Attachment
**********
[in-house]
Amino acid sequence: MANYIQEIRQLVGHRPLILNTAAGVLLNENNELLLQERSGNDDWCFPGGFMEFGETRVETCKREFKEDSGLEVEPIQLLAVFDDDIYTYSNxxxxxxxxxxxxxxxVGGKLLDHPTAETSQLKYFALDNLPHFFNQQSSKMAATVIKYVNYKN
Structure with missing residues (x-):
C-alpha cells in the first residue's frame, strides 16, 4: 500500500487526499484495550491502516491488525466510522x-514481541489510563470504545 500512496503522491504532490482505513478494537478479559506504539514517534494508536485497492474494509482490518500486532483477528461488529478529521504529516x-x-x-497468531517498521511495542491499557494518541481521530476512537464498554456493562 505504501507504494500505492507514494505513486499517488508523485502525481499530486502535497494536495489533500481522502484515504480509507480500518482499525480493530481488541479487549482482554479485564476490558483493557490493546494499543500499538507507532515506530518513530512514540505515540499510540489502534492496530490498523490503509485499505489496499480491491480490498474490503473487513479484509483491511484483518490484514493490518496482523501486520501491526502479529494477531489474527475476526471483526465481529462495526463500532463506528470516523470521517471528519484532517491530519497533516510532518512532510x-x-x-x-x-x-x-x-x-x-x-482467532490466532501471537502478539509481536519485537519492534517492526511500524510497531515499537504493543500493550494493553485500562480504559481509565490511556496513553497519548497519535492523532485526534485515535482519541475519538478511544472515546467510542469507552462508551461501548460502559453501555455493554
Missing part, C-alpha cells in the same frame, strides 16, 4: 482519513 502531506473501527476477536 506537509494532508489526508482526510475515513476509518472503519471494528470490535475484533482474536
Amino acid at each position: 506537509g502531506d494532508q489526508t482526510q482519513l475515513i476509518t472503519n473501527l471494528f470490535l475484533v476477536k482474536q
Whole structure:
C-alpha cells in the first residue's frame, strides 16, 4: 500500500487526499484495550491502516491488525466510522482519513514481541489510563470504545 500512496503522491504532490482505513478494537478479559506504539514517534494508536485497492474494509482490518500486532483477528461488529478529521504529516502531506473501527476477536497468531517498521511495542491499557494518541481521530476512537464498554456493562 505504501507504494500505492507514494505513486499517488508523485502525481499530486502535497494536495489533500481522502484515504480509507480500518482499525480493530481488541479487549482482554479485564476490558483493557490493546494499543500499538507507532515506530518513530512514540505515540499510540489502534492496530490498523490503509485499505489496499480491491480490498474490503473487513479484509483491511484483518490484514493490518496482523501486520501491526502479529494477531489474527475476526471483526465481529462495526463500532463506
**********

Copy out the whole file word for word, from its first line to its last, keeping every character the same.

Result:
[in-house]
Amino acid sequence: MANYIQEIRQLVGHRPLILNTAAGVLLNENNELLLQERSGNDDWCFPGGFMEFGETRVETCKREFKEDSGLEVEPIQLLAVFDDDIYTYSNxxxxxxxxxxxxxxxVGGKLLDHPTAETSQLKYFALDNLPHFFNQQSSKMAATVIKYVNYKN
Structure with missing residues (x-):
C-alpha cells in the first residue's frame, strides 16, 4: 500500500487526499484495550491502516491488525466510522x-514481541489510563470504545 500512496503522491504532490482505513478494537478479559506504539514517534494508536485497492474494509482490518500486532483477528461488529478529521504529516x-x-x-497468531517498521511495542491499557494518541481521530476512537464498554456493562 505504501507504494500505492507514494505513486499517488508523485502525481499530486502535497494536495489533500481522502484515504480509507480500518482499525480493530481488541479487549482482554479485564476490558483493557490493546494499543500499538507507532515506530518513530512514540505515540499510540489502534492496530490498523490503509485499505489496499480491491480490498474490503473487513479484509483491511484483518490484514493490518496482523501486520501491526502479529494477531489474527475476526471483526465481529462495526463500532463506528470516523470521517471528519484532517491530519497533516510532518512532510x-x-x-x-x-x-x-x-x-x-x-482467532490466532501471537502478539509481536519485537519492534517492526511500524510497531515499537504493543500493550494493553485500562480504559481509565490511556496513553497519548497519535492523532485526534485515535482519541475519538478511544472515546467510542469507552462508551461501548460502559453501555455493554
Missing part, C-alpha cells in the same frame, strides 16, 4: 482519513 502531506473501527476477536 506537509494532508489526508482526510475515513476509518472503519471494528470490535475484533482474536
Amino acid at each position: 506537509g502531506d494532508q489526508t482526510q482519513l475515513i476509518t472503519n473501527l471494528f470490535l475484533v476477536k482474536q
Whole structure:
C-alpha cells in the first residue's frame, strides 16, 4: 500500500487526499484495550491502516491488525466510522482519513514481541489510563470504545 500512496503522491504532490482505513478494537478479559506504539514517534494508536485497492474494509482490518500486532483477528461488529478529521504529516502531506473501527476477536497468531517498521511495542491499557494518541481521530476512537464498554456493562 505504501507504494500505492507514494505513486499517488508523485502525481499530486502535497494536495489533500481522502484515504480509507480500518482499525480493530481488541479487549482482554479485564476490558483493557490493546494499543500499538507507532515506530518513530512514540505515540499510540489502534492496530490498523490503509485499505489496499480491491480490498474490503473487513479484509483491511484483518490484514493490518496482523501486520501491526502479529494477531489474527475476526471483526465481529462495526463500532463506